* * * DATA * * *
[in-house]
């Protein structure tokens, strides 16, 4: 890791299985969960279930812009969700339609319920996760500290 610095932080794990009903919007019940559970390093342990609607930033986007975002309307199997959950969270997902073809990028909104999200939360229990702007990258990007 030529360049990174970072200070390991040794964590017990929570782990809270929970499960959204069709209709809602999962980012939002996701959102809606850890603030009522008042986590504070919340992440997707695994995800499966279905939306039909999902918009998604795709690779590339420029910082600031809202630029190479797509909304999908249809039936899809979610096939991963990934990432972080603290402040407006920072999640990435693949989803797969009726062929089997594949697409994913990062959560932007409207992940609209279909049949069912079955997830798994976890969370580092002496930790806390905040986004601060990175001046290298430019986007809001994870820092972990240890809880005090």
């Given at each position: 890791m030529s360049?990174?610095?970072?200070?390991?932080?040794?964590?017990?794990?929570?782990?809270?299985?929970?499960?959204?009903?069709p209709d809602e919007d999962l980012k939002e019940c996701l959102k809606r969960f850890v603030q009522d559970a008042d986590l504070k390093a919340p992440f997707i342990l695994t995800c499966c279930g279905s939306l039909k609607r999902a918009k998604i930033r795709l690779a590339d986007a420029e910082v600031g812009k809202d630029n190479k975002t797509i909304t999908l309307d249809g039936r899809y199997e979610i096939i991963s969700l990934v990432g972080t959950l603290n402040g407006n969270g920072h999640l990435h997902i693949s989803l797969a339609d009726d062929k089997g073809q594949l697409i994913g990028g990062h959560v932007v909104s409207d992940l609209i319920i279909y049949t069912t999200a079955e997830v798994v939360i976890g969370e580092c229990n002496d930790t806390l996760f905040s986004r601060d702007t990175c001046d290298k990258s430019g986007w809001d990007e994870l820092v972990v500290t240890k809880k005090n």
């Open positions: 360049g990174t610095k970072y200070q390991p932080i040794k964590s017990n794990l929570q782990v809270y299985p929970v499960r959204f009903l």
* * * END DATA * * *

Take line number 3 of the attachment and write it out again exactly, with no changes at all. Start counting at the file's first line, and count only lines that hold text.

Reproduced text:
């Given at each position: 890791m030529s360049?990174?610095?970072?200070?390991?932080?040794?964590?017990?794990?929570?782990?809270?299985?929970?499960?959204?009903?069709p209709d809602e919007d999962l980012k939002e019940c996701l959102k809606r969960f850890v603030q009522d559970a008042d986590l504070k390093a919340p992440f997707i342990l695994t995800c499966c279930g279905s939306l039909k609607r999902a918009k998604i930033r795709l690779a590339d986007a420029e910082v600031g812009k809202d630029n190479k975002t797509i909304t999908l309307d249809g039936r899809y199997e979610i096939i991963s969700l990934v990432g972080t959950l603290n402040g407006n969270g920072h999640l990435h997902i693949s989803l797969a339609d009726d062929k089997g073809q594949l697409i994913g990028g990062h959560v932007v909104s409207d992940l609209i319920i279909y049949t069912t999200a079955e997830v798994v939360i976890g969370e580092c229990n002496d930790t806390l996760f905040s986004r601060d702007t990175c001046d290298k990258s430019g986007w809001d990007e994870l820092v972990v500290t240890k809880k005090n």